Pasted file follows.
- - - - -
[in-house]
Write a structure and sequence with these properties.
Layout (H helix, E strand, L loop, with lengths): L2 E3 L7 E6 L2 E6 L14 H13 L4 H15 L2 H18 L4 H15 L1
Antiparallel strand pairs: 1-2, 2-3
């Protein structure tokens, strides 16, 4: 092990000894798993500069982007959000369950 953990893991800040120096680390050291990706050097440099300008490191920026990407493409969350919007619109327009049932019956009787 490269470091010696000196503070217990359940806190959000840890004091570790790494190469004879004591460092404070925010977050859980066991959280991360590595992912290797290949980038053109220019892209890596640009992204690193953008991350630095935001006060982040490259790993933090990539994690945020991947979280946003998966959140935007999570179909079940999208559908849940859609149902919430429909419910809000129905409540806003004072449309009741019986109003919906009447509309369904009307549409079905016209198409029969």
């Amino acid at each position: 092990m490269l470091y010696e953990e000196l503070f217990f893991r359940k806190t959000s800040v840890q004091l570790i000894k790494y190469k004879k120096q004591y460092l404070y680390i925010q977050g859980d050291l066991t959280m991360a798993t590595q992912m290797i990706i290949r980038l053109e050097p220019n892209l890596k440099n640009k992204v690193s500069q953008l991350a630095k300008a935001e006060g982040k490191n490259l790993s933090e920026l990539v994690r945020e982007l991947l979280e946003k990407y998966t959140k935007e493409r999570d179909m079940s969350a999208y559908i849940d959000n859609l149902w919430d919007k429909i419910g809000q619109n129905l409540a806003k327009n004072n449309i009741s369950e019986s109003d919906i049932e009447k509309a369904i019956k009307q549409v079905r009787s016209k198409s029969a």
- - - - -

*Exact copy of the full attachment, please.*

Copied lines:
[in-house]
Write a structure and sequence with these properties.
Layout (H helix, E strand, L loop, with lengths): L2 E3 L7 E6 L2 E6 L14 H13 L4 H15 L2 H18 L4 H15 L1
Antiparallel strand pairs: 1-2, 2-3
């Protein structure tokens, strides 16, 4: 092990000894798993500069982007959000369950 953990893991800040120096680390050291990706050097440099300008490191920026990407493409969350919007619109327009049932019956009787 490269470091010696000196503070217990359940806190959000840890004091570790790494190469004879004591460092404070925010977050859980066991959280991360590595992912290797290949980038053109220019892209890596640009992204690193953008991350630095935001006060982040490259790993933090990539994690945020991947979280946003998966959140935007999570179909079940999208559908849940859609149902919430429909419910809000129905409540806003004072449309009741019986109003919906009447509309369904009307549409079905016209198409029969």
């Amino acid at each position: 092990m490269l470091y010696e953990e000196l503070f217990f893991r359940k806190t959000s800040v840890q004091l570790i000894k790494y190469k004879k120096q004591y460092l404070y680390i925010q977050g859980d050291l066991t959280m991360a798993t590595q992912m290797i990706i290949r980038l053109e050097p220019n892209l890596k440099n640009k992204v690193s500069q953008l991350a630095k300008a935001e006060g982040k490191n490259l790993s933090e920026l990539v994690r945020e982007l991947l979280e946003k990407y998966t959140k935007e493409r999570d179909m079940s969350a999208y559908i849940d959000n859609l149902w919430d919007k429909i419910g809000q619109n129905l409540a806003k327009n004072n449309i009741s369950e019986s109003d919906i049932e009447k509309a369904i019956k009307q549409v079905r009787s016209k198409s029969a």